There is no space in any other school around here. I'm almost certainly going to take her out and home educate by the end of the week. I do have her academic review to attend this afternoon, so I'm hoping to sort some things out.

What would you do? How can I help her? How can I find a better school for her? I'm confused, stressed and quite lonesome myself, actually, since I haven't made any friends yet either. I suppose I'm also just looking for some sympathy here.

Copthallresident Tue 13-Nov-12 00:22:50

racing heart I am sure that is partly true, and without discipline it has always gone a bit Lord Of The Flies but I also think a lot of these children are the casualties of the parents. Not being given attention, being the focus of parental ambition, not having been exposed to the importance of showing respect for others and being open minded about difference, being exposed to trauma as a result of the way their parents carry on all result in children who have huge insecurities. IME all these children who are "strong characters" or "exclusive" are driven by their own insecurity.

Spalva Tue 13-Nov-12 09:17:24

You're right about scouts, racingheart.

I do, however, stand by my statement that some parents simply can't face the reality that their children are behaving this way. I've been at tiny schools, so able to talk directly with certain parents. It was almost always, "That's not like him/her." "Yes, it is," I wanted to say.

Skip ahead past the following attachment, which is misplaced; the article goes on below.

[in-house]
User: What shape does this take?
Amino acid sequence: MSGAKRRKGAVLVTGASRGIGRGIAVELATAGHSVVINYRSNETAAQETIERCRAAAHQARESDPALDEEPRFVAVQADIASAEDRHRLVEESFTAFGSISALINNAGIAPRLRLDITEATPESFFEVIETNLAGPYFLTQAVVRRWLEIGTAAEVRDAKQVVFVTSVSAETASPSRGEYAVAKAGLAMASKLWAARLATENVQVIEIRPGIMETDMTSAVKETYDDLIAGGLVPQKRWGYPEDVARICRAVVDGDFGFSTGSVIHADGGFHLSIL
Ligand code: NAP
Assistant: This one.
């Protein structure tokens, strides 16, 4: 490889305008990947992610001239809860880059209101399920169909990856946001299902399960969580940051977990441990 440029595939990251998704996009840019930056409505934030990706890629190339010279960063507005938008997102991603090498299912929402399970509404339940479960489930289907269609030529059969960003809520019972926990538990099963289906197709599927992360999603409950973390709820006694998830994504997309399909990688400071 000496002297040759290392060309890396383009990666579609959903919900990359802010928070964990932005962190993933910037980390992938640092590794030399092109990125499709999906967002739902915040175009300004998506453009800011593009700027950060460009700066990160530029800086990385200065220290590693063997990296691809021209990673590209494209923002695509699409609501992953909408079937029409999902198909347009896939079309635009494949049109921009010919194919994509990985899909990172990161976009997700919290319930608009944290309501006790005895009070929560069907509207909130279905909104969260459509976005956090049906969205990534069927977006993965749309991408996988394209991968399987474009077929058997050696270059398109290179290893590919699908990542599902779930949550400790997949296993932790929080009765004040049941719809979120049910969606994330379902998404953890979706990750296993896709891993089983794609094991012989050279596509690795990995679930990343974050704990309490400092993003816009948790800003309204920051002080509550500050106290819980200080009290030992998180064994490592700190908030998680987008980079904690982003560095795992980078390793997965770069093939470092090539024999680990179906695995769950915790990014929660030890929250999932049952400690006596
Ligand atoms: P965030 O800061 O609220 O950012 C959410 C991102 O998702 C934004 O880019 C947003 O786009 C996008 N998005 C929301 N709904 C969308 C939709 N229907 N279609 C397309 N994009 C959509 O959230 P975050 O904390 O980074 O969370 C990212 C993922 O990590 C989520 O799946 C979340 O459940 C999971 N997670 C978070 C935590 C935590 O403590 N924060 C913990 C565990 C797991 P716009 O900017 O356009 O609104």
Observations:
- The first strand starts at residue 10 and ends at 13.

Spalva Tue 13-Nov-12 09:19:09

Didn't see your post, Coptahallresident. I wholeheartedly agree; plenty of studies to back that up, too.

ZZZenAgain Wed 14-Nov-12 18:58:58

if the academics and afternoon clubs were the problem but she had friends at school and it was a nice social environment, I would leave her there until another school place came up. Since you have neither a positive social side to her schooling, nor is the academic side of things good, I do think you are right to HE her As others have said, take her to all the clubs you can find that she might enjoy or previously enjoyed at her old school, let her settle in to her new home without all this stress and unpleasantness, and try to meet other families with 3rd culture kids.

I hope you get a place you are happy with before long. Must be very worrying for you.

BillComptonstrousers Wed 14-Nov-12 19:19:33